He goes on: "While it is undoubtedly the case that, if you have children who grow up in plush, comfortable and attractive middle-class surroundings, children with parents who read to them every night and lots of exciting opportunities to visit the Natural History Museum and go abroad and visit Rome at the age of seven, or whatever – yes, they have opportunities. But it is also the case that you can take children from dysfunctional and deprived backgrounds, send them to a superb school, and provide them with teaching that enables them to compete on as near to a level playing field as possible; and which certainly allows them to go on to university – and to go on to the best universities – and succeed thereafter."

Of course, it is not only the Labour Party that is divided on schools policy; many in the Conservatives have not yet come to terms with what I regard as Blair's great "progressive" achievement – that of forcing the Tory leadership to shift decisively away from academic selection.

Gove is still wary of the grammar-school lobby in his own party. He got the schools job because Cameron thought he could sell the "no more grammars" policy better than his predecessor, David Willetts. I ask about support for selection in the Tory party, and mention Dominic Grieve, the justice spokesman who led the revolt against Willetts, and David Davis, the defeated leadership candidate who attacked Gove's policy recently. He responds: "There are at least two statements in there, and many more traps. There are people who take a different view, but that is not the view of the leadership; it is not my view." He even suggests – a hint of mischief returning – that the Tories have always supported the comprehensive principle.

"Ken Baker," he says, listing Tory education ministers, "he believed in it. Edward Boyle believed in it. Margaret Thatcher believed in it."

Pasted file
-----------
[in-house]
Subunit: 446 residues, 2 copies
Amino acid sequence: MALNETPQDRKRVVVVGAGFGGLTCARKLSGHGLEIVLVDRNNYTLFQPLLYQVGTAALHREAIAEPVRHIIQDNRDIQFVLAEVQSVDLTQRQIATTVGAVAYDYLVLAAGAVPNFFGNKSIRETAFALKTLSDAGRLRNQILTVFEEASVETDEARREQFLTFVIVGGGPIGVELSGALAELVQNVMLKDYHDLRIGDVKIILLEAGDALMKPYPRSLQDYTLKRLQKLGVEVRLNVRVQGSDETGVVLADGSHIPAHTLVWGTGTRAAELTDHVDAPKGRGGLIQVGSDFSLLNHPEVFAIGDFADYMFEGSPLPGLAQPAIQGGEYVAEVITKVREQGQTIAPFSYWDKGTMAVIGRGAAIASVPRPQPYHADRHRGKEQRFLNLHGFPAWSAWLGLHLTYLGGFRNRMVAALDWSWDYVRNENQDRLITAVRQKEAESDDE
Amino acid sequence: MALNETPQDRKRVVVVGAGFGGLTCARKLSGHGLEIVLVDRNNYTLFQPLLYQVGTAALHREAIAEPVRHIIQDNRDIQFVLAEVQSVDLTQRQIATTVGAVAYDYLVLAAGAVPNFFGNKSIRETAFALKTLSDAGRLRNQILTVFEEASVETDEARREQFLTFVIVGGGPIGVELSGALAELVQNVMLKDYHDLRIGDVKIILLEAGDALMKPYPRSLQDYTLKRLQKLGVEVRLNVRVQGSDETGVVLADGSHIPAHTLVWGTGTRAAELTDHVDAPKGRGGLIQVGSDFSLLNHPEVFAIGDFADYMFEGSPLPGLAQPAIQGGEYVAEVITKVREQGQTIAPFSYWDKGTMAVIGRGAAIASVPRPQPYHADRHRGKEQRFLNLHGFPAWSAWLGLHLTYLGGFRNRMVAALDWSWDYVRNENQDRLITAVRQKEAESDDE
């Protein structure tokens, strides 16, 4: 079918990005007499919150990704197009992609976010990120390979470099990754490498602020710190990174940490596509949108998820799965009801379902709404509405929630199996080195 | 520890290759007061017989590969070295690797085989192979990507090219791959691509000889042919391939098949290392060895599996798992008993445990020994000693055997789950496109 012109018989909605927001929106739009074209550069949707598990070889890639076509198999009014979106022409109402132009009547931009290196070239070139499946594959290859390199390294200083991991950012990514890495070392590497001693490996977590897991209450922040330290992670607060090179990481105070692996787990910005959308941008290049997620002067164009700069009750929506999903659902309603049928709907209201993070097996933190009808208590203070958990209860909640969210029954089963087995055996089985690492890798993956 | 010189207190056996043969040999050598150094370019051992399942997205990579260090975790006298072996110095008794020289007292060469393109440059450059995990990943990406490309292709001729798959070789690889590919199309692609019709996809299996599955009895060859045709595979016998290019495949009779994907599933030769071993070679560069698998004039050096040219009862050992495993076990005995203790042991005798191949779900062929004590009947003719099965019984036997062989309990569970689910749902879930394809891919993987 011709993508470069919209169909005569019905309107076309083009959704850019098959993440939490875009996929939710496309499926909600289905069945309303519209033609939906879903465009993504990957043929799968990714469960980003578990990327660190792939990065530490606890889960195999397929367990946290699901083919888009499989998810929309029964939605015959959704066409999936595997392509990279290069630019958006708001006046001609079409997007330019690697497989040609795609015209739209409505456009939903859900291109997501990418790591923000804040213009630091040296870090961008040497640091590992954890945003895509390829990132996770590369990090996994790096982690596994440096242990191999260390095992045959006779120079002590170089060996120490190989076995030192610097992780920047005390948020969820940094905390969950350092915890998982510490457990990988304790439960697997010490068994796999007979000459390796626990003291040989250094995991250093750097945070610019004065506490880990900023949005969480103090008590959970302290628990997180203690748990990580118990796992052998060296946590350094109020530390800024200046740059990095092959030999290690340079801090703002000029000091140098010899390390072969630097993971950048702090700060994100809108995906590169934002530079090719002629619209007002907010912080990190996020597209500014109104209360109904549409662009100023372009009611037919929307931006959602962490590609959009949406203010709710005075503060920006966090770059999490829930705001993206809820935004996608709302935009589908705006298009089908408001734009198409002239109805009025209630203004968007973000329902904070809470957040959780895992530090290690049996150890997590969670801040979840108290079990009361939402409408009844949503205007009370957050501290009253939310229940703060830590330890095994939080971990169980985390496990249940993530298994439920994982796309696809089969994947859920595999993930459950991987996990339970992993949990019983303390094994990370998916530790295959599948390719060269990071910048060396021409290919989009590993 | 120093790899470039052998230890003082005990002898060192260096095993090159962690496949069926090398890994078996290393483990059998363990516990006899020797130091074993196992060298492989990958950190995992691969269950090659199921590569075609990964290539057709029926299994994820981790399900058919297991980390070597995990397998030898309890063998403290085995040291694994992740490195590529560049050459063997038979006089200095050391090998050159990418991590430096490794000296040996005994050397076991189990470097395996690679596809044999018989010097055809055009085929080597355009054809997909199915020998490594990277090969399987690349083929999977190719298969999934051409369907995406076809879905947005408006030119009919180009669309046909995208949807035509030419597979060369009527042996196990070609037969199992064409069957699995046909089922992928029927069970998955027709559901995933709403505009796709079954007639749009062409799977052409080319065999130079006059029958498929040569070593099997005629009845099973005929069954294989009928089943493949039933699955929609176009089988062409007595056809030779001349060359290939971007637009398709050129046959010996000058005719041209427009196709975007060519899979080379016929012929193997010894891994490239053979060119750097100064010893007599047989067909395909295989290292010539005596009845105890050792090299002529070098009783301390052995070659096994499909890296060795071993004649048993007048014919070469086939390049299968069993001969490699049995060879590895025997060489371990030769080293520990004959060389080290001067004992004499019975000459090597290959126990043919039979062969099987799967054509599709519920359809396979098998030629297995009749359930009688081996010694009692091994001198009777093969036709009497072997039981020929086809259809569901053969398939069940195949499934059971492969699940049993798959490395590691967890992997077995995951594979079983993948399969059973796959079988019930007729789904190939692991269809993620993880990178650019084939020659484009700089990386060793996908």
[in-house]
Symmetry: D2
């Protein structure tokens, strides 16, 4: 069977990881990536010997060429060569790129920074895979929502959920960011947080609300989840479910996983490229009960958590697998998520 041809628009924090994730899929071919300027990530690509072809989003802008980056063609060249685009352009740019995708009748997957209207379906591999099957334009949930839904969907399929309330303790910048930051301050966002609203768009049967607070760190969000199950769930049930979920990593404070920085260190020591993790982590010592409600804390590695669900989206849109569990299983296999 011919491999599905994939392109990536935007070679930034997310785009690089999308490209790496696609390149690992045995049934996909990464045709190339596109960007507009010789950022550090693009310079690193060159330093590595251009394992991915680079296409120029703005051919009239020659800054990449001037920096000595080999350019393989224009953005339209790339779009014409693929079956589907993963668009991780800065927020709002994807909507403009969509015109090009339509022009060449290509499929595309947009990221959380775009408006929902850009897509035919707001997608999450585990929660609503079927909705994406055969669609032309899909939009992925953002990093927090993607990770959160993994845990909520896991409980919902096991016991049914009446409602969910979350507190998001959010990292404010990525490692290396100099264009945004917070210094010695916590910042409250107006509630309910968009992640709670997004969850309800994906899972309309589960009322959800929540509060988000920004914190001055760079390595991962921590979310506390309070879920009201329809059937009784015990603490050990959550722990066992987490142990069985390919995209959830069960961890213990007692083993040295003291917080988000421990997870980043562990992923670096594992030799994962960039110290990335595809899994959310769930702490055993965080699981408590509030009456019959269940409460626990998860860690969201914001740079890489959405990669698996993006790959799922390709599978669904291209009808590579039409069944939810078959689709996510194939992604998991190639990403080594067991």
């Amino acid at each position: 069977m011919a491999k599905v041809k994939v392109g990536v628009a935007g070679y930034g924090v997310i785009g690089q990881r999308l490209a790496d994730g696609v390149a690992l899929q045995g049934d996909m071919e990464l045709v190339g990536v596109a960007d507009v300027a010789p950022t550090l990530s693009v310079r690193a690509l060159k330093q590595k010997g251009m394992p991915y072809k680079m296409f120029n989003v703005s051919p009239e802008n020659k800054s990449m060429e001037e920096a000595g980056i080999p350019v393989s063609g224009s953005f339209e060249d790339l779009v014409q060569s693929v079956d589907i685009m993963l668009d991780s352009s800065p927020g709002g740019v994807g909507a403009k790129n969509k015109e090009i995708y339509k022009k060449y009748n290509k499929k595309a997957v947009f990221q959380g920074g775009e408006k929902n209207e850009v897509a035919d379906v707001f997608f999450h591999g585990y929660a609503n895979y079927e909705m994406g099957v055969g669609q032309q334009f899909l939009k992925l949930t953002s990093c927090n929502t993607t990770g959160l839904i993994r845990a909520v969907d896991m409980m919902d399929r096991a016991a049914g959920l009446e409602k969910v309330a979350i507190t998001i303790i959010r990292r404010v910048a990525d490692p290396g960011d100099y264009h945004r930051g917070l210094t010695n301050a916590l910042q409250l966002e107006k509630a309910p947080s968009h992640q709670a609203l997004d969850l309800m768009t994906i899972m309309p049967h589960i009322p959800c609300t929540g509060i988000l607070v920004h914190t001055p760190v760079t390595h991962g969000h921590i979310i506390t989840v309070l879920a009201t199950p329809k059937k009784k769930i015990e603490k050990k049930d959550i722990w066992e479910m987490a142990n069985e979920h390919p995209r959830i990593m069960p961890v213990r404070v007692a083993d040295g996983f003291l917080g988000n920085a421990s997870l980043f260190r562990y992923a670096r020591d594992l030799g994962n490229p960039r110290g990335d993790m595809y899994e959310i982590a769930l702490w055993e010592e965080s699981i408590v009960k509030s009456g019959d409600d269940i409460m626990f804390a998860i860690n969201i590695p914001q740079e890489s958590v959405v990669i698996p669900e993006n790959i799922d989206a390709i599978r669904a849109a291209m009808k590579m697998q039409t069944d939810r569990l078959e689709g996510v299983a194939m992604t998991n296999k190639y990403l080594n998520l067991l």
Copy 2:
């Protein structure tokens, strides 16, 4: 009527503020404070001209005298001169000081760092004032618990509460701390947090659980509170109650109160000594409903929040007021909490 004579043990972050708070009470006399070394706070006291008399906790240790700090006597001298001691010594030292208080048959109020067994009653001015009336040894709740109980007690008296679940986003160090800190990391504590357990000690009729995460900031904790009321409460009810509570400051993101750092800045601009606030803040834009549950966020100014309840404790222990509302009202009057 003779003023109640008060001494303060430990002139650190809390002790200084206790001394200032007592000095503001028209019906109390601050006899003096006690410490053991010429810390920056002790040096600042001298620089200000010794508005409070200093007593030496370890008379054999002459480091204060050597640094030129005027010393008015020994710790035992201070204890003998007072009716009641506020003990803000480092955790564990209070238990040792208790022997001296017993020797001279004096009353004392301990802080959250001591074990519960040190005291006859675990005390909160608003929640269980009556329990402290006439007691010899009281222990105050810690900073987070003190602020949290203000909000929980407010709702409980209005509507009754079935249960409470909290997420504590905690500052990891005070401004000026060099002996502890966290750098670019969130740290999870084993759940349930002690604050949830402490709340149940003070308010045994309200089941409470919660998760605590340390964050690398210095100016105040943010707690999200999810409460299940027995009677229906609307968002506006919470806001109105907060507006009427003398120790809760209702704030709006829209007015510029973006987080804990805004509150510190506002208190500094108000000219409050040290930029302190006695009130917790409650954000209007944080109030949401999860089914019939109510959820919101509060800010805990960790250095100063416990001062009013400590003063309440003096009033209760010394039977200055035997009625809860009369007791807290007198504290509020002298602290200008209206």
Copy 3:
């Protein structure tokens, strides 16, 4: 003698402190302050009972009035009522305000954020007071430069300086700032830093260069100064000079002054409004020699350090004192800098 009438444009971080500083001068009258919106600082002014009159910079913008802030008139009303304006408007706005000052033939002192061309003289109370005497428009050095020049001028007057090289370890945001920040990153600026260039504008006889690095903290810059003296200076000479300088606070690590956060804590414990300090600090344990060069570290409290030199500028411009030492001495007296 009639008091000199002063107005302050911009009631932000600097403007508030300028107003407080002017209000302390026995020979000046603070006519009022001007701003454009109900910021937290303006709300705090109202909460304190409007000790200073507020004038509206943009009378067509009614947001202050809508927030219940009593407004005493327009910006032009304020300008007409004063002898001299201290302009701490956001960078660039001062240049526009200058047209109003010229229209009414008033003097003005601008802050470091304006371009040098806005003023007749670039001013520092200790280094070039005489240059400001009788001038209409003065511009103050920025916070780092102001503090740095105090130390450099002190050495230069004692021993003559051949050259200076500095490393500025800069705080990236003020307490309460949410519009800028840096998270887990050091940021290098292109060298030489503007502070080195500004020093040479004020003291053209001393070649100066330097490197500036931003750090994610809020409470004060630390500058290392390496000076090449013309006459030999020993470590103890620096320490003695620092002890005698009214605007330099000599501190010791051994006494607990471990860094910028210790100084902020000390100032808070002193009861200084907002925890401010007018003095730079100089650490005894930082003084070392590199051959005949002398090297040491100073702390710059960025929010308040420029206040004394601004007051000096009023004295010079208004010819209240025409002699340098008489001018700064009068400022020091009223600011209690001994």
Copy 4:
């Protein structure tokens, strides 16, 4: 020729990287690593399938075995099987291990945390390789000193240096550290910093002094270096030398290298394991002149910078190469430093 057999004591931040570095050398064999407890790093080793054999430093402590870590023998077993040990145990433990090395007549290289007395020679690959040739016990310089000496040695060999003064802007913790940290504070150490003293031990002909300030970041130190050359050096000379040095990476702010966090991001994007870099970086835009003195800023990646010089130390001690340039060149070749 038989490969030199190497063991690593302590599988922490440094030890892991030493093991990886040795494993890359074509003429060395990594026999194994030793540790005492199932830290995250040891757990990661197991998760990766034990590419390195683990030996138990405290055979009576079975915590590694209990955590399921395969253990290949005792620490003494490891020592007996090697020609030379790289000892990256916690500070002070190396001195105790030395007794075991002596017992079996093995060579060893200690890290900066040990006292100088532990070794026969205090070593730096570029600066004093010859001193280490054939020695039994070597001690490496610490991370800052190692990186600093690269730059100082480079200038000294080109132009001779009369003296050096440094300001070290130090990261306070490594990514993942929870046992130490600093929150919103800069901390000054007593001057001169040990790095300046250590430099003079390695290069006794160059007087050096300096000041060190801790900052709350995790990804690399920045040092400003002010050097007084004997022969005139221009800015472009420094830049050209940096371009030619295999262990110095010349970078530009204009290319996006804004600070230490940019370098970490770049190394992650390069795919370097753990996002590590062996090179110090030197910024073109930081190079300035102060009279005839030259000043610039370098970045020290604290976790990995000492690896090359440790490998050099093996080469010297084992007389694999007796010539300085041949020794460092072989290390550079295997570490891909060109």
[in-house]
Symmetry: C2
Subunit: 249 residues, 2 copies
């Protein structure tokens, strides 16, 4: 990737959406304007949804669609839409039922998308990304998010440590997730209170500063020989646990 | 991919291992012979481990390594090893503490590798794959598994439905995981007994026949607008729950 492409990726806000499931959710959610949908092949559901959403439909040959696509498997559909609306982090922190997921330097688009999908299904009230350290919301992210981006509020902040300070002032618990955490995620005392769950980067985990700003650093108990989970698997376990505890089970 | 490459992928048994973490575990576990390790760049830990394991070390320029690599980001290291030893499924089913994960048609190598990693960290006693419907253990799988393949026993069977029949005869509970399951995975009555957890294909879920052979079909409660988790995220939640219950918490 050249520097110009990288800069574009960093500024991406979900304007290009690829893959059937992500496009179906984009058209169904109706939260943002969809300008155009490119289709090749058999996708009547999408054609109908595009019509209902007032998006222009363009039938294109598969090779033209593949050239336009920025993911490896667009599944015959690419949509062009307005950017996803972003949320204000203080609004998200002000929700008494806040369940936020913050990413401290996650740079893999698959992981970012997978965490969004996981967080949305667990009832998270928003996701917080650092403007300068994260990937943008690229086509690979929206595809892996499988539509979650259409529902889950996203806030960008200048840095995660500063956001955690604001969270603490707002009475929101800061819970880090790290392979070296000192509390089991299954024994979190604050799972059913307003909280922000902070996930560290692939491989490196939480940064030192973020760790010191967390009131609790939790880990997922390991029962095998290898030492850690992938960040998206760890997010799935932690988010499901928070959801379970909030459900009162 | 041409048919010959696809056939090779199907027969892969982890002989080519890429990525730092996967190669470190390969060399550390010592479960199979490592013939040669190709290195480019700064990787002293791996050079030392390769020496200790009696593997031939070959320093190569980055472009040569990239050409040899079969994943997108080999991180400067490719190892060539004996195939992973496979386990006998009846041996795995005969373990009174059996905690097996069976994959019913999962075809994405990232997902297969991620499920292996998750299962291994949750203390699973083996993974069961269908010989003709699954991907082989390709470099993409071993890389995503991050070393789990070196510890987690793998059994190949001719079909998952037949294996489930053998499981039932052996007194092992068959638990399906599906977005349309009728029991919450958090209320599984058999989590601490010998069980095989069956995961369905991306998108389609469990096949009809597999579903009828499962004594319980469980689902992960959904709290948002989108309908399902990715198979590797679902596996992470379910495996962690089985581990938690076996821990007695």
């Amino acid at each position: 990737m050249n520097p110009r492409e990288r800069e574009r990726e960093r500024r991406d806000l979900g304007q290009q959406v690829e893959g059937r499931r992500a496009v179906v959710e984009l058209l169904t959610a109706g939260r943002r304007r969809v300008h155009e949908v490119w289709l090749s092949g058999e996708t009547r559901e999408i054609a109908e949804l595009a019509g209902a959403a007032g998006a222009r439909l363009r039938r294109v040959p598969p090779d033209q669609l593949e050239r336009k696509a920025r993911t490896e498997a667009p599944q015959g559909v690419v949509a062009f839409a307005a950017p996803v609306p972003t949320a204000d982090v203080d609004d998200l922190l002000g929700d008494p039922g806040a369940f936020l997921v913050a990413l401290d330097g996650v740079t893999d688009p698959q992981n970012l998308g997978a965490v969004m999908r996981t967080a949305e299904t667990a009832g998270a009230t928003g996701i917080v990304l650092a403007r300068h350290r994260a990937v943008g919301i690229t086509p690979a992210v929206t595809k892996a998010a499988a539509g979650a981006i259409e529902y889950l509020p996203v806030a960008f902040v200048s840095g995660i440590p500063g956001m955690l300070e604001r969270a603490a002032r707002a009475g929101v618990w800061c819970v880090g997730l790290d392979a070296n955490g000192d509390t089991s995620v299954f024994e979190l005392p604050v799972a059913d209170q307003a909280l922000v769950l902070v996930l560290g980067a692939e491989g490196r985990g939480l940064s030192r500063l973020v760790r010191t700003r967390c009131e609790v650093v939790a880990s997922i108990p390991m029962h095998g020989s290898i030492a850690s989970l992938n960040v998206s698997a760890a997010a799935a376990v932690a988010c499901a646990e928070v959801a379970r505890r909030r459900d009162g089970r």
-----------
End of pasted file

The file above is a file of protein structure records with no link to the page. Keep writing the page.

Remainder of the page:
It is typical of Gove to mention Boyle, 1962-64, not so much forgotten as long unknown; he was a liberal Tory who "conceded" the case for comprehensives rather than "believed" in it, and became unpopular with the party grassroots as a result.

Gove suggests that John Major's policy of "a grammar school in every town" was an abberation: "In the period from 1995 to 1997 John Major allowed himself, in order to present a manifesto around which his party could cohere, to make one or two mistakes, although it is impertinent for me to criticise John Major.

"It is also the case," he volunteers, gratuitously criticising the manifesto drafted by his leader, "that our policy at the last general election, of allowing people to opt out of the state system in education and health, reinforced that caricature as well."

Now, however, the party is firmly set against any extension of selection – the choice Gove hopes to offer parents will be on condition that new schools are open to all abilities – so we Blairites are happy to have him on board. But what about public spending? Cameron has guaranteed the NHS budget but has made no promises about any other department.

Gove is careful and utterly Blairite in his ability to avoid being drawn into specifics. He points out that, when the Tories abandoned the policy of sticking to Labour spending plans, Cameron ringfenced the education, defence and aid budgets as well as the NHS, but only until 2010, on the assumption that there might have been an election before now.